Making knowledge clips with patients: What learning mechanisms are triggered in medical students?

Patient Educ Couns. 2022 Jun 15;S0738-3991(22)00286-5. doi: 10.1016/j.pec.2022.06.008. Online ahead of print.

Abstract

Objective: To prepare medical students for a rapidly changing healthcare landscape, where new means of communication emerge, innovative teaching methods are needed. We developed a project-based learning course in which medical students design audiovisual patient information in collaboration with patients and with students in Communication and Information Sciences (CIS). We studied what learning mechanisms are triggered in medical students by elements of a project-based-learning course.

Methods: In this qualitative study, twelve sixth year medical students that participated in the course were individually interviewed. Data were analyzed according to the principles of qualitative template analysis.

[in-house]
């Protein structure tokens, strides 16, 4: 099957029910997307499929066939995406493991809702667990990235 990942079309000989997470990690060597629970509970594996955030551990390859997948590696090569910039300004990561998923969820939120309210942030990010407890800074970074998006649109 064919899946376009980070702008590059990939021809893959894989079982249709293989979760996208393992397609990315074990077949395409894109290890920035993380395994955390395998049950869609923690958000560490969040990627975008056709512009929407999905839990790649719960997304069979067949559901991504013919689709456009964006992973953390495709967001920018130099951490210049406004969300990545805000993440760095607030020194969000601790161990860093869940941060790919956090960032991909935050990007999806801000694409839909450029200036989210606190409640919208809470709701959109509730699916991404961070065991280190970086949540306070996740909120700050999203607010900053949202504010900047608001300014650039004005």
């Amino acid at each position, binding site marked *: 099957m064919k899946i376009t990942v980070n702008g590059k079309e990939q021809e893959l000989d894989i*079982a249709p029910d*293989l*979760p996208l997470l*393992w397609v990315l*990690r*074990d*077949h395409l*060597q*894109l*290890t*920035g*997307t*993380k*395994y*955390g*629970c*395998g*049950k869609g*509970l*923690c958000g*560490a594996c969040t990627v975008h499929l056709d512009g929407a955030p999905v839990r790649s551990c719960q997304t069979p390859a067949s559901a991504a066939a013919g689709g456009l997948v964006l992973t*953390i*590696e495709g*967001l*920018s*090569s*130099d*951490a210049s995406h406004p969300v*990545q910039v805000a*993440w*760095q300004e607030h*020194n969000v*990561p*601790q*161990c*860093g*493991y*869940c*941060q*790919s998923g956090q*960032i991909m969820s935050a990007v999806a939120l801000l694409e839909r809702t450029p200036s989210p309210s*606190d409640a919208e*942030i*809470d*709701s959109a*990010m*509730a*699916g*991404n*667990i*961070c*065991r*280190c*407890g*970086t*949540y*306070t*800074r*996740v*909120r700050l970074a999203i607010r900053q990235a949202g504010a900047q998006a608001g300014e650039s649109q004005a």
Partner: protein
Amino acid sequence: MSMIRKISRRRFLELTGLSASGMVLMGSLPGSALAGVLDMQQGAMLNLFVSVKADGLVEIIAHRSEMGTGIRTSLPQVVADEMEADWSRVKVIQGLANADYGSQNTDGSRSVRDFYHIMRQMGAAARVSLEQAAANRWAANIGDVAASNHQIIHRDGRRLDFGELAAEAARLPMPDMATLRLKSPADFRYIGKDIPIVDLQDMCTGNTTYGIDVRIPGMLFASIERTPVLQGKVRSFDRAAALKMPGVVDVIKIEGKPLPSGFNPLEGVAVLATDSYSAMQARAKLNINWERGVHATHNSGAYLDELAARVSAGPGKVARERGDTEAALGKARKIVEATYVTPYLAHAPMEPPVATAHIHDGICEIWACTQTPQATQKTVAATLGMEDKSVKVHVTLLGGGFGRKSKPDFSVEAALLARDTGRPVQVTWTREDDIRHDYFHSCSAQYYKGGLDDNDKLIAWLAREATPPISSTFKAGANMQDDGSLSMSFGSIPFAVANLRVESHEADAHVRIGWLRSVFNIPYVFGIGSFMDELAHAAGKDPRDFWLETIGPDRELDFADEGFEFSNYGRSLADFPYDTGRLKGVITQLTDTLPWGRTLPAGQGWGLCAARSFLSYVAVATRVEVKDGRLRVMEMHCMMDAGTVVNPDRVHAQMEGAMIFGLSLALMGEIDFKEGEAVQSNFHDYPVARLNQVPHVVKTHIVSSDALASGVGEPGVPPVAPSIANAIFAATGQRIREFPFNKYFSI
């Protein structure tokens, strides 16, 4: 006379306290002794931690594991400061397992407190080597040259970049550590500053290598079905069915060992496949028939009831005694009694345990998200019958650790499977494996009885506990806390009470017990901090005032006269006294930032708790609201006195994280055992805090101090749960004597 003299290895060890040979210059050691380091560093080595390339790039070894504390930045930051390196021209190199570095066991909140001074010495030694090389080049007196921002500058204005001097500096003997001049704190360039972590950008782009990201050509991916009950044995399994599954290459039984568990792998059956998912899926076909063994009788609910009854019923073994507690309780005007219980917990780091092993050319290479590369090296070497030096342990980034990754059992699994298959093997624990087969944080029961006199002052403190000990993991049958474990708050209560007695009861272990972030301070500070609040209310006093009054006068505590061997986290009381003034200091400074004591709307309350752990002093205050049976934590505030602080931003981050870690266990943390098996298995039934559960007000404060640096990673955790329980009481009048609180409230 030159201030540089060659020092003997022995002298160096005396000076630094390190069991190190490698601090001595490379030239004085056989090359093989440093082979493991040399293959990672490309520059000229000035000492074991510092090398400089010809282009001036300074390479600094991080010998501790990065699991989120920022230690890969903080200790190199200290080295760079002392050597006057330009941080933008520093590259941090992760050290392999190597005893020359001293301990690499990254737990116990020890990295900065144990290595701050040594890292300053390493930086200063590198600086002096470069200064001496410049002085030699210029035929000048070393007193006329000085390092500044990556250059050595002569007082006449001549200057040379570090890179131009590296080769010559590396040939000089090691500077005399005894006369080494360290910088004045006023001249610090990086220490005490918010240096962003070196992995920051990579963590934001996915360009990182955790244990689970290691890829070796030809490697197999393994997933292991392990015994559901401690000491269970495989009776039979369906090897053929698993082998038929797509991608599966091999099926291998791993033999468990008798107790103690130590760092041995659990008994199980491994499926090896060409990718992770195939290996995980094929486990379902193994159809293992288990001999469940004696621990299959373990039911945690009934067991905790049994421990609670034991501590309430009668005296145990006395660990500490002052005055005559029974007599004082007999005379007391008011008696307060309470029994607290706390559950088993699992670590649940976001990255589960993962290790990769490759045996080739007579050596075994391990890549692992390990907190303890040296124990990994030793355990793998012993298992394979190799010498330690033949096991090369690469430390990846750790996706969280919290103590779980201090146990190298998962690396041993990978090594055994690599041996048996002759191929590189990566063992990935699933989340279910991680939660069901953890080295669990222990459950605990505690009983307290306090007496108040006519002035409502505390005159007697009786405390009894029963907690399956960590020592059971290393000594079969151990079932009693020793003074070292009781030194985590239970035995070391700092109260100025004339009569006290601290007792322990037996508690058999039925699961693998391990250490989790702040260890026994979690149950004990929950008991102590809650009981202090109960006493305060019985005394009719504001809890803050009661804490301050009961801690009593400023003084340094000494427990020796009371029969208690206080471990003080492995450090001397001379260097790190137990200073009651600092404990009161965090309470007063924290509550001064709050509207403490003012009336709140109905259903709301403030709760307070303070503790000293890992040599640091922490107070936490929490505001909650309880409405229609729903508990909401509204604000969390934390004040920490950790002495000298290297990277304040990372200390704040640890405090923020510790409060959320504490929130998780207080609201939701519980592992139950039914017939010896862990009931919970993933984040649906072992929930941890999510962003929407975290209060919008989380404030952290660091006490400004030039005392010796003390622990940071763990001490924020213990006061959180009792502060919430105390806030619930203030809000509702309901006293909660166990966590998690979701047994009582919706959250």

Results: We identified four learning mechanisms: Challenging assumptions about patients' information needs; Becoming aware of the origin of patients' information needs; Taking a patient's perspective; Analyzing language to adapt to patients' needs. These learning mechanisms were activated by making a knowledge clip, collaborating with patients, and collaborating with CIS students.

Conclusion: Collaborating with patients helped students to recognize and understand patients' perspectives. Working on a tangible product in partnership with patients and CIS students, triggered students to apply their understanding in conveying information back to patients.

Practice implication: Based on our findings we encourage educators to involve patients as collaborators in authentic assignments for students so they can apply what they learned from taking patients' perspectives.

Keywords: Medical education; Patient education; Patient involvement; Person-centered care; Project-based learning.